Nakajima, Tadashi; Morino, Jun-Ichi [National Astronomical Observatory of Japan, 2-21-1 Osawa, Mitaka, Tokyo 181-8588 (Japan); Fukagawa, Misato, E-mail: tadashi.nakajima@nao.ac.j [Department of Physics, Nagoya University, Chikusa-ku, Nagoya 464-8602 (Japan)

2010-09-15

8

Space group Cc: an update.  

PubMed

A recent survey of the Cambridge Structural Database, CSD [Allen (2002). Acta Cryst. B58, 380-388], shows that the percentage of incorrect assignments of the space group Cc has remained at about 10% since the last survey in 1997. PMID:15017100

Marsh, Richard E

2004-04-01

9

UCL DEPARTMENT OF SPACE & CLIMATE PHYSICS SPACE PLASMA PHYSICS GROUP  

E-print Network

UCL DEPARTMENT OF SPACE & CLIMATE PHYSICS SPACE PLASMA PHYSICS GROUP 18th September 2012 STFC 2012 #12;UCL DEPARTMENT OF SPACE & CLIMATE PHYSICS SPACE PLASMA PHYSICS GROUP 18th September 2012 STFC · Conclusion #12;UCL DEPARTMENT OF SPACE & CLIMATE PHYSICS SPACE PLASMA PHYSICS GROUP 18th September 2012 STFC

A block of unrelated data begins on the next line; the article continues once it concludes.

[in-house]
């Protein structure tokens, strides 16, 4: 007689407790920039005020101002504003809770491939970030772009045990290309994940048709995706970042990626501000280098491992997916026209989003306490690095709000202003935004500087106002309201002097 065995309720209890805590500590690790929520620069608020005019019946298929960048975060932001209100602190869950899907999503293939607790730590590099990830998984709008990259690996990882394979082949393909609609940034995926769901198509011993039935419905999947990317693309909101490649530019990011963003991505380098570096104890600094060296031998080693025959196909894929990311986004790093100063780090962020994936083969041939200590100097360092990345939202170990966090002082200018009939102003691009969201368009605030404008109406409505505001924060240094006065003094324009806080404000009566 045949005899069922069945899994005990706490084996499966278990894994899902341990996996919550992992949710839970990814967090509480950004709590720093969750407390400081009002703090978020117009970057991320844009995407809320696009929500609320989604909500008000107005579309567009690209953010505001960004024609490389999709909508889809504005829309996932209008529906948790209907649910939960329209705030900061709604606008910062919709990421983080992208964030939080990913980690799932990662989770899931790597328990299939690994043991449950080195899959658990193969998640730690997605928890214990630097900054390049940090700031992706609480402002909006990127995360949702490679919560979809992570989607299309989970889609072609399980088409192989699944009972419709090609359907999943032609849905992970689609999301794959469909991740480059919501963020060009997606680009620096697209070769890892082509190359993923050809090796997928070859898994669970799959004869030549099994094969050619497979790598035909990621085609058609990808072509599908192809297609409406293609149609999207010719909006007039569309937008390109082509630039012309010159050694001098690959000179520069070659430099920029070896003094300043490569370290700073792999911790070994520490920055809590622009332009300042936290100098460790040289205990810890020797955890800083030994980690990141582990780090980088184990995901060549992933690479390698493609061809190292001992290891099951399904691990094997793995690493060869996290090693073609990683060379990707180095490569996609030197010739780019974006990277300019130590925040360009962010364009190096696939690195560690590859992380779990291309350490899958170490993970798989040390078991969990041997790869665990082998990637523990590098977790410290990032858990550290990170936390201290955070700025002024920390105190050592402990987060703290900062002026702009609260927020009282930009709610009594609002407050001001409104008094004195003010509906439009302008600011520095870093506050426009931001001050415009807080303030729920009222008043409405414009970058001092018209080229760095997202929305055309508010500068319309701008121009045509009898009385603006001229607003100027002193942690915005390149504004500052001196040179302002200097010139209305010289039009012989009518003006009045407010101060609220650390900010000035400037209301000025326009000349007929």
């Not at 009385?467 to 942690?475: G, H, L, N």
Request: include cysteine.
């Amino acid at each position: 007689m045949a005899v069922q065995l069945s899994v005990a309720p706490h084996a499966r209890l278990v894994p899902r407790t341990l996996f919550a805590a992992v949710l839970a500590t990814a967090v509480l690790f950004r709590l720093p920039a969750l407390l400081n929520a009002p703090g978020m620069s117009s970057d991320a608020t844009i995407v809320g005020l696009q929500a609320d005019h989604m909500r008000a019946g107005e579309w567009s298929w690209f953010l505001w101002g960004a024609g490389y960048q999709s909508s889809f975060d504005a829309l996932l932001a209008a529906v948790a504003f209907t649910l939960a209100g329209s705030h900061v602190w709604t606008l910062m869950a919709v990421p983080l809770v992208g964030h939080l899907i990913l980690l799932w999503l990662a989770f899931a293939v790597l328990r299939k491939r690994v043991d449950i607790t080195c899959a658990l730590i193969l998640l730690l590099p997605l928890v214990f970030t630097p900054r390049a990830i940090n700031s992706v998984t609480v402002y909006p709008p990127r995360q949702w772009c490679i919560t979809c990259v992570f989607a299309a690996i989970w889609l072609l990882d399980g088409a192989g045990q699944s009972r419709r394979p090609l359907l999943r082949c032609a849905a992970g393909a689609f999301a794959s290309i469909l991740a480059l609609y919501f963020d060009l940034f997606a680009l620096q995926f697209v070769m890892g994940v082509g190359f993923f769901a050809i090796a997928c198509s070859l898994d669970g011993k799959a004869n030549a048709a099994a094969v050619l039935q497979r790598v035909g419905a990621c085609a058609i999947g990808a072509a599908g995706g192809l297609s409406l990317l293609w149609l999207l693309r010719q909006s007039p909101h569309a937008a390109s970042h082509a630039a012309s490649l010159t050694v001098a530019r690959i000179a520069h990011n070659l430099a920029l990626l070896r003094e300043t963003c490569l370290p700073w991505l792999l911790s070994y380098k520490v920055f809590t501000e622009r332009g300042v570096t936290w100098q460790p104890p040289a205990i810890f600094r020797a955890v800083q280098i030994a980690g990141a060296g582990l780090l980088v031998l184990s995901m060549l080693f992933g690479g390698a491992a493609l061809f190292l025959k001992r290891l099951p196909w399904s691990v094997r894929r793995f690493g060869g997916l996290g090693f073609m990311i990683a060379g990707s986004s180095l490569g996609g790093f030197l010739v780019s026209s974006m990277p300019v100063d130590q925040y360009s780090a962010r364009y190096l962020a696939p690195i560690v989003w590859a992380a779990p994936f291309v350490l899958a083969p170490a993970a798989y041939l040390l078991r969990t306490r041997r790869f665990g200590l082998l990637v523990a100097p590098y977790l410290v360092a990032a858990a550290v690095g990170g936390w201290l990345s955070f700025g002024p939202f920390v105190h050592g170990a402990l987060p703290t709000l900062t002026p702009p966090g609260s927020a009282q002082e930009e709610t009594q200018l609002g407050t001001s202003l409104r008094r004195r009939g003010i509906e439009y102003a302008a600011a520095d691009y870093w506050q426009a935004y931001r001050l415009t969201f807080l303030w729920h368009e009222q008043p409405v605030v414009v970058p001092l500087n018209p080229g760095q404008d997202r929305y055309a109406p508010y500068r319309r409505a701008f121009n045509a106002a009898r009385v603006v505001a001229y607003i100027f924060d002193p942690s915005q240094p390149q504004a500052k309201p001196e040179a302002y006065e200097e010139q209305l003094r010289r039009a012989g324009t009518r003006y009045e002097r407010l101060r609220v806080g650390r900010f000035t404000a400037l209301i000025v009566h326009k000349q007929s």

10

Renormalization group in internal space  

SciTech Connect

Renormalization group in the internal space consists of the gradual change of the coupling constants. Functional evolution equations corresponding to the change of the mass or the coupling constant are presented in the framework of a scalar model. The evolution in the mass which yields the functional generalization of the Callan-Symanzik equation for the one-particle irreducible effective action is given in its renormalized, cutoff-independent form. The evolution of the coupling constant generates an evolution equation for the two-particle irreducible effective action.

Polonyi, J. [Institute for Theoretical Physics, Louis Pasteur University, Strasbourg (France); Department of Atomic Physics, Lorand Eoetvoes University, Budapest (Hungary); Sailer, K. [Department for Theoretical Physics, University of Debrecen, Debrecen (Hungary)

2005-01-15

11

On Hawaiian Groups of Some Topological Spaces  

E-print Network

The paper is devoted to study the structure of Hawaiian groups of some topological spaces. We present some behaviors of Hawaiian groups with respect to product spaces, weak join spaces, cone spaces, covering spaces and locally trivial bundles. In particular, we determine the structure of the $n$-dimensional Hawaiian group of the $m$-dimensional Hawaiian earring space, for all $1\\leq m\\leq n$.

Babaee, Ameneh; Mirebrahimi, Hanieh

2011-01-01

12